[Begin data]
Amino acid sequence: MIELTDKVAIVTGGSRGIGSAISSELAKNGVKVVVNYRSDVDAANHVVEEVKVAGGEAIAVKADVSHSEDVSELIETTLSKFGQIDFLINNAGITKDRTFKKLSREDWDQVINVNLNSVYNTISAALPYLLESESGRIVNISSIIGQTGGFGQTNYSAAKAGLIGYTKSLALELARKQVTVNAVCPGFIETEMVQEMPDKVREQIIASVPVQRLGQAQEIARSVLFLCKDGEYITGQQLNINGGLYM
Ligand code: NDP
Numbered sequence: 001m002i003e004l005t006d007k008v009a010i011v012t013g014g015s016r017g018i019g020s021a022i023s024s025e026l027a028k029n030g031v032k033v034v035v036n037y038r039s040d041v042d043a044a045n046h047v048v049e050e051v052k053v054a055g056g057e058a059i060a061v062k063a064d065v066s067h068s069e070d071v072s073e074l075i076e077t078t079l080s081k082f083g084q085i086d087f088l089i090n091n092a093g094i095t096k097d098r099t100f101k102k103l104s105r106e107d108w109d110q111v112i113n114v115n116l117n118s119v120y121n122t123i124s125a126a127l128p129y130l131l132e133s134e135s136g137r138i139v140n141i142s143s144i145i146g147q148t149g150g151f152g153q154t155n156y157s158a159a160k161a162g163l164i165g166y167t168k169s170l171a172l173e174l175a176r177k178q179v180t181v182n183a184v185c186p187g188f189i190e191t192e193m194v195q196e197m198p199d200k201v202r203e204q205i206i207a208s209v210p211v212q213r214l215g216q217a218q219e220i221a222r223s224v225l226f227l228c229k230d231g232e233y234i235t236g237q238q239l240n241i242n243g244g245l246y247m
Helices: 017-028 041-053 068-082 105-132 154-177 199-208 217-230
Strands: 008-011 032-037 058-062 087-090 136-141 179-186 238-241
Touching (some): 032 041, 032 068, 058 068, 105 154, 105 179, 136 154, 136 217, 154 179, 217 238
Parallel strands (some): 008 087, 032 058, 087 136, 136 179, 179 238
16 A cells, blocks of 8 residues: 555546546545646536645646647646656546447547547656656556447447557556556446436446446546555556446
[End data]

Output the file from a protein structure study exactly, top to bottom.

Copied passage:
Amino acid sequence: MIELTDKVAIVTGGSRGIGSAISSELAKNGVKVVVNYRSDVDAANHVVEEVKVAGGEAIAVKADVSHSEDVSELIETTLSKFGQIDFLINNAGITKDRTFKKLSREDWDQVINVNLNSVYNTISAALPYLLESESGRIVNISSIIGQTGGFGQTNYSAAKAGLIGYTKSLALELARKQVTVNAVCPGFIETEMVQEMPDKVREQIIASVPVQRLGQAQEIARSVLFLCKDGEYITGQQLNINGGLYM
Ligand code: NDP
Numbered sequence: 001m002i003e004l005t006d007k008v009a010i011v012t013g014g015s016r017g018i019g020s021a022i023s024s025e026l027a028k029n030g031v032k033v034v035v036n037y038r039s040d041v042d043a044a045n046h047v048v049e050e051v052k053v054a055g056g057e058a059i060a061v062k063a064d065v066s067h068s069e070d071v072s073e074l075i076e077t078t079l080s081k082f083g084q085i086d087f088l089i090n091n092a093g094i095t096k097d098r099t100f101k102k103l104s105r106e107d108w109d110q111v112i113n114v115n116l117n118s119v120y121n122t123i124s125a126a127l128p129y130l131l132e133s134e135s136g137r138i139v140n141i142s143s144i145i146g147q148t149g150g151f152g153q154t155n156y157s158a159a160k161a162g163l164i165g166y167t168k169s170l171a172l173e174l175a176r177k178q179v180t181v182n183a184v185c186p187g188f189i190e191t192e193m194v195q196e197m198p199d200k201v202r203e204q205i206i207a208s209v210p211v212q213r214l215g216q217a218q219e220i221a222r223s224v225l226f227l228c229k230d231g232e233y234i235t236g237q238q239l240n241i242n243g244g245l246y247m
Helices: 017-028 041-053 068-082 105-132 154-177 199-208 217-230
Strands: 008-011 032-037 058-062 087-090 136-141 179-186 238-241
Touching (some): 032 041, 032 068, 058 068, 105 154, 105 179, 136 154, 136 217, 154 179, 217 238
Parallel strands (some): 008 087, 032 058, 087 136, 136 179, 179 238
16 A cells, blocks of 8 residues: 555546546545646536645646647646656546447547547656656556447447557556556446436446446546555556446